The Great In and Out Doors
(An Analysis of Robert Frost’s Use of Natural and Rural Depictions in his Poetry)
Edward Abbey once stated: “Water, water, water....There is no shortage of water in the desert but exactly the right amount , a perfect ratio of water to rock, water to sand, insuring that wide free open, generous spacing among plants and animals, homes and towns and cities, which makes the arid West so different from any other part of the nation. There is no lack of water here unless you try to establish a city where no city should be.” Through poems such as Birches, Stopping by Woods on a Snowy Evening, Mending Wall, Out, Out--, Acquainted with the Night, and The Gift Outright Frost uses an amazing capacity of human intellect to personify the areas of living. Whether it be nature or rural, both are celebrated. Robert Frost uses his poetry to celebrate, compare, and contrast the beauty of nature and rural living.
Throughout Frost’s poetry he draws upon the beauty of nature to build up vast amounts of scenery. “I felt my lungs inflate with the onrush of scenery—air, mountains, trees, people. I thought, "This is what it is to be happy.” (Plath). Sylvia Plath was on the same track as Frost, nature sustains life. Both believe that the beauty of nature gives energy to those in it and the poetry it inspires. Examples of this can be found in Birches. Frost metaphorically re awakes his childhood when he takes a stroll outside to see the trees he once swung from. From my own experience, I know that the cool spring breeze makes me feel a whole lot better about life. Nature has the ability to reawaken one’s inner youth.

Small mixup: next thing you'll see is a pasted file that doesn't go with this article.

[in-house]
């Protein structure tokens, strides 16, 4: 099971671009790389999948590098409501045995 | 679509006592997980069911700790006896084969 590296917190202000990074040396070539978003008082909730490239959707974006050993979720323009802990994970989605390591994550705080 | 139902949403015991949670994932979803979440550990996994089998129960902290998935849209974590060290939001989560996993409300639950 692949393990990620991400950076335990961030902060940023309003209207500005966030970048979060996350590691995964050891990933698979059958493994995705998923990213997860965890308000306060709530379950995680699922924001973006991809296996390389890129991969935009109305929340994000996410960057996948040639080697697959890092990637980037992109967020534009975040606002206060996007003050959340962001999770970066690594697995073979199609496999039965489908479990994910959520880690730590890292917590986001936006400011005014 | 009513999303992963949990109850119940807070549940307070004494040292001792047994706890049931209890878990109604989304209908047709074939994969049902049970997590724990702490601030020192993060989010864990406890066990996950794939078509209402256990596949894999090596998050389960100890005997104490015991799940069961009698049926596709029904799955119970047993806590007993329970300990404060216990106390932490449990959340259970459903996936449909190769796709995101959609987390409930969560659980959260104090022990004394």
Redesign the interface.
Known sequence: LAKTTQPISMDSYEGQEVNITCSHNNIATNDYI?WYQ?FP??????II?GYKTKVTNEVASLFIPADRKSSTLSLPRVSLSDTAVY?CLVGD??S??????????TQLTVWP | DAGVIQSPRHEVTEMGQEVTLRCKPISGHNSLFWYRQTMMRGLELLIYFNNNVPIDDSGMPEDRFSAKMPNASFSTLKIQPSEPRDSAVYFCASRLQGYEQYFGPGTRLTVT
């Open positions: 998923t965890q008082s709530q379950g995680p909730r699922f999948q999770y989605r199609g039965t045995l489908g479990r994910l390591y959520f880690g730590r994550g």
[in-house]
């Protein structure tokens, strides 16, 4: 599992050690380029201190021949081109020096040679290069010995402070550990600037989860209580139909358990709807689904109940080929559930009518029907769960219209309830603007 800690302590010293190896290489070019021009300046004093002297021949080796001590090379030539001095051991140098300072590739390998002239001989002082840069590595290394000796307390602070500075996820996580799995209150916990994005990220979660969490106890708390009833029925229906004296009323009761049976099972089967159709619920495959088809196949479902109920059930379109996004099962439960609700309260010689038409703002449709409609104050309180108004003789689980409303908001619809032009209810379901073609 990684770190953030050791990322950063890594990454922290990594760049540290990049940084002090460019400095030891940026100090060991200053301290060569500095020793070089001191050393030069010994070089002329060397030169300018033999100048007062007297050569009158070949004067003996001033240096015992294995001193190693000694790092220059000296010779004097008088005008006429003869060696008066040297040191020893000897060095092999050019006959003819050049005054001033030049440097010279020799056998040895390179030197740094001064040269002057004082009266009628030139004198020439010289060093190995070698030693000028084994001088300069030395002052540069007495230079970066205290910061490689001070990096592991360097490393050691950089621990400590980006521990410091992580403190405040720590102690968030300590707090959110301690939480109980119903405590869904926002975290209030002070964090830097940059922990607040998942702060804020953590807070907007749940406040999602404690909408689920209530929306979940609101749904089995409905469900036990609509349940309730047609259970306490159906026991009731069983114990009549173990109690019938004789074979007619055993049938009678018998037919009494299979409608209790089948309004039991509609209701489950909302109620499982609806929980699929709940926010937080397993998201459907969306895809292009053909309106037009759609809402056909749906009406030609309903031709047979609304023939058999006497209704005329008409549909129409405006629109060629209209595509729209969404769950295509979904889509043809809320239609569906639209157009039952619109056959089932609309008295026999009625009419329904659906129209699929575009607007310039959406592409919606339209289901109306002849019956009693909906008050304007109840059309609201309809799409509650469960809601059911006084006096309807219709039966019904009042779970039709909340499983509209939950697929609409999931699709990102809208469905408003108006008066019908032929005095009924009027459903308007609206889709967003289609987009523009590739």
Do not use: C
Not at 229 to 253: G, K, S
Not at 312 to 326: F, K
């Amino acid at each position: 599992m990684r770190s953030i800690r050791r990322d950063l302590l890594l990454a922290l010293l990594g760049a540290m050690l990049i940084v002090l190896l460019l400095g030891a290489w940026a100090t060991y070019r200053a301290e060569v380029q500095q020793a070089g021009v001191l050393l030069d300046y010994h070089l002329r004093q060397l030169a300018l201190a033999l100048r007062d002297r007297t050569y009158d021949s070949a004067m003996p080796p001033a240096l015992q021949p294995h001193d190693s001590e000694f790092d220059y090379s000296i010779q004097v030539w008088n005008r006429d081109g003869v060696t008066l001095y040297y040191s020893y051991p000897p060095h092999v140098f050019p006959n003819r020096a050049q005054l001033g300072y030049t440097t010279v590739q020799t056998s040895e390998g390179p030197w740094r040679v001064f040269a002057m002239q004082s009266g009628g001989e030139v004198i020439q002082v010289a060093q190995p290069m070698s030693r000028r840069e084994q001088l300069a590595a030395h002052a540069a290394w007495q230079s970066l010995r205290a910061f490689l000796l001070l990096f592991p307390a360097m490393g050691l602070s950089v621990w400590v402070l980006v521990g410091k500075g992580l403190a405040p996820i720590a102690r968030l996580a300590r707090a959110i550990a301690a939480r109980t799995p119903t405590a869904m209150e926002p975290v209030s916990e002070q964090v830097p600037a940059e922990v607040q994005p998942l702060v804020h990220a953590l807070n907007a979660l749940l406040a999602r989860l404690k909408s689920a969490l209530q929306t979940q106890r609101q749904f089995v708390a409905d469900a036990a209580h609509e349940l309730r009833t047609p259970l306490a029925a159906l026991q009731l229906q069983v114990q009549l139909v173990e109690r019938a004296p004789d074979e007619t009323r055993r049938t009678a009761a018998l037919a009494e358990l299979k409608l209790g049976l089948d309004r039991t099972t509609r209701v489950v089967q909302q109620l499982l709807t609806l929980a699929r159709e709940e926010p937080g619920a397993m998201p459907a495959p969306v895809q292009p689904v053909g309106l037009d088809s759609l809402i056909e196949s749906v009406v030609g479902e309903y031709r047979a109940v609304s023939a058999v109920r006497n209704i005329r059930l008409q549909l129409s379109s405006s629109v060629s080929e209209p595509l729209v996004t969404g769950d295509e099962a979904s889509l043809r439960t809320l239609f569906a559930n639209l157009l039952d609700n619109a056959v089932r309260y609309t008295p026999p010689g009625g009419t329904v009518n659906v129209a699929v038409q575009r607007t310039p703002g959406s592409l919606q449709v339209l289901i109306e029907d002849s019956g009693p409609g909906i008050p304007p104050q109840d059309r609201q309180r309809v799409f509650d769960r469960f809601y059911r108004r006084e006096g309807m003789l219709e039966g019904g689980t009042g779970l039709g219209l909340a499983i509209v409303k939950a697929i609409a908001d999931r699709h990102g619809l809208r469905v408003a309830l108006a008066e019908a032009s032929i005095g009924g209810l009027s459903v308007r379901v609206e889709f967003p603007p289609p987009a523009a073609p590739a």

To contrast from nature, Frost also uses the integration of industrialized rural life.“It is my belief, Watson, founded upon my experience, that the lowest and vilest alleys in London do not present a more dreadful record of sin than does the smiling and beautiful countryside.” (Doyle). Through this quote one can conclude that Doyle thought that no matter how dirty a city can be, it is not above a rural countryside. A fine example of this thought is shown in Frost’s Out, Out--. Often times people tend to think that rural areas are blissful, violence free settings as compared to the inner workings of a city. Large cities may have their faults with crime and such, but there is more that goes unknown and unpunished in these underpopulated areas. In the poem a young boy passes away, yet nobody points the finger of blame. Do you blame the parents for putting him on a machine, or do you punish them for trying...